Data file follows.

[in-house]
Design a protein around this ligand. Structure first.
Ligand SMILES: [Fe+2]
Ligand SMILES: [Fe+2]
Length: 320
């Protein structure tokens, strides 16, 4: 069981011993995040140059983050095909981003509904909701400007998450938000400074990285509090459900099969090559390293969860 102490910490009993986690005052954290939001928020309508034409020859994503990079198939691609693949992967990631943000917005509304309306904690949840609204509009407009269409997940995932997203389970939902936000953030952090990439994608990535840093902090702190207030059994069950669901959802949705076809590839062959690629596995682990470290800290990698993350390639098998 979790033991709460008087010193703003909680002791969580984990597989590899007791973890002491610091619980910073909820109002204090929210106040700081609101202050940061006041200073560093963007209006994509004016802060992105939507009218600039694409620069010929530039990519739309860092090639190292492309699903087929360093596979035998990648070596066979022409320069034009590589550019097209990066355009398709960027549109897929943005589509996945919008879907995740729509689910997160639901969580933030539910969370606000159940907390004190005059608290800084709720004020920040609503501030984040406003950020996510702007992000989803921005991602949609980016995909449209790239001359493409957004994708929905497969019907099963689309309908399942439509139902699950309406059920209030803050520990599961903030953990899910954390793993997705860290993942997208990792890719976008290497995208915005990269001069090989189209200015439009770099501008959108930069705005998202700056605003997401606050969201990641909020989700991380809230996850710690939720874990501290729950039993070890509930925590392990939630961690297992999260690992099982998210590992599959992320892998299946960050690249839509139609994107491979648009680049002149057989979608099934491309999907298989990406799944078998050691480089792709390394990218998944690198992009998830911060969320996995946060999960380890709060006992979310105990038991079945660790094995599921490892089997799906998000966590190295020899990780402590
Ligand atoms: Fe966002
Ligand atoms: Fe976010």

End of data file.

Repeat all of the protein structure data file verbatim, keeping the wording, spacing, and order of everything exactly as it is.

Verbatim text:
[in-house]
Design a protein around this ligand. Structure first.
Ligand SMILES: [Fe+2]
Ligand SMILES: [Fe+2]
Length: 320
């Protein structure tokens, strides 16, 4: 069981011993995040140059983050095909981003509904909701400007998450938000400074990285509090459900099969090559390293969860 102490910490009993986690005052954290939001928020309508034409020859994503990079198939691609693949992967990631943000917005509304309306904690949840609204509009407009269409997940995932997203389970939902936000953030952090990439994608990535840093902090702190207030059994069950669901959802949705076809590839062959690629596995682990470290800290990698993350390639098998 979790033991709460008087010193703003909680002791969580984990597989590899007791973890002491610091619980910073909820109002204090929210106040700081609101202050940061006041200073560093963007209006994509004016802060992105939507009218600039694409620069010929530039990519739309860092090639190292492309699903087929360093596979035998990648070596066979022409320069034009590589550019097209990066355009398709960027549109897929943005589509996945919008879907995740729509689910997160639901969580933030539910969370606000159940907390004190005059608290800084709720004020920040609503501030984040406003950020996510702007992000989803921005991602949609980016995909449209790239001359493409957004994708929905497969019907099963689309309908399942439509139902699950309406059920209030803050520990599961903030953990899910954390793993997705860290993942997208990792890719976008290497995208915005990269001069090989189209200015439009770099501008959108930069705005998202700056605003997401606050969201990641909020989700991380809230996850710690939720874990501290729950039993070890509930925590392990939630961690297992999260690992099982998210590992599959992320892998299946960050690249839509139609994107491979648009680049002149057989979608099934491309999907298989990406799944078998050691480089792709390394990218998944690198992009998830911060969320996995946060999960380890709060006992979310105990038991079945660790094995599921490892089997799906998000966590190295020899990780402590
Ligand atoms: Fe966002
Ligand atoms: Fe976010």